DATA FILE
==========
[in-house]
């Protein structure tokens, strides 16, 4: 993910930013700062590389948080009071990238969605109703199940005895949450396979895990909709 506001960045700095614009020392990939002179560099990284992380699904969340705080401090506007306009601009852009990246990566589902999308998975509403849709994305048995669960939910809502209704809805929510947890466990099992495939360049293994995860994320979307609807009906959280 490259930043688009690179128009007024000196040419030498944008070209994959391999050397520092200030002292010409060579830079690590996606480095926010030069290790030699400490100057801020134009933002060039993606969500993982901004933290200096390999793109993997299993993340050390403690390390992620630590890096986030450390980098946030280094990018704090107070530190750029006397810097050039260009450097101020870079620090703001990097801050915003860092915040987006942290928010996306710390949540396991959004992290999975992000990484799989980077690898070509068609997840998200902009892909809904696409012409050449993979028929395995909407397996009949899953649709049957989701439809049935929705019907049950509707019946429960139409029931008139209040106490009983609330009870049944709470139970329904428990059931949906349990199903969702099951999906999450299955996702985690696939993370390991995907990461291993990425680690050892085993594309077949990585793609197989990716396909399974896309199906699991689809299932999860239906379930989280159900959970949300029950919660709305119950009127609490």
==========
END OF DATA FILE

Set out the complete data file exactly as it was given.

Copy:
[in-house]
């Protein structure tokens, strides 16, 4: 993910930013700062590389948080009071990238969605109703199940005895949450396979895990909709 506001960045700095614009020392990939002179560099990284992380699904969340705080401090506007306009601009852009990246990566589902999308998975509403849709994305048995669960939910809502209704809805929510947890466990099992495939360049293994995860994320979307609807009906959280 490259930043688009690179128009007024000196040419030498944008070209994959391999050397520092200030002292010409060579830079690590996606480095926010030069290790030699400490100057801020134009933002060039993606969500993982901004933290200096390999793109993997299993993340050390403690390390992620630590890096986030450390980098946030280094990018704090107070530190750029006397810097050039260009450097101020870079620090703001990097801050915003860092915040987006942290928010996306710390949540396991959004992290999975992000990484799989980077690898070509068609997840998200902009892909809904696409012409050449993979028929395995909407397996009949899953649709049957989701439809049935929705019907049950509707019946429960139409029931008139209040106490009983609330009870049944709470139970329904428990059931949906349990199903969702099951999906999450299955996702985690696939993370390991995907990461291993990425680690050892085993594309077949990585793609197989990716396909399974896309199906699991689809299932999860239906379930989280159900959970949300029950919660709305119950009127609490």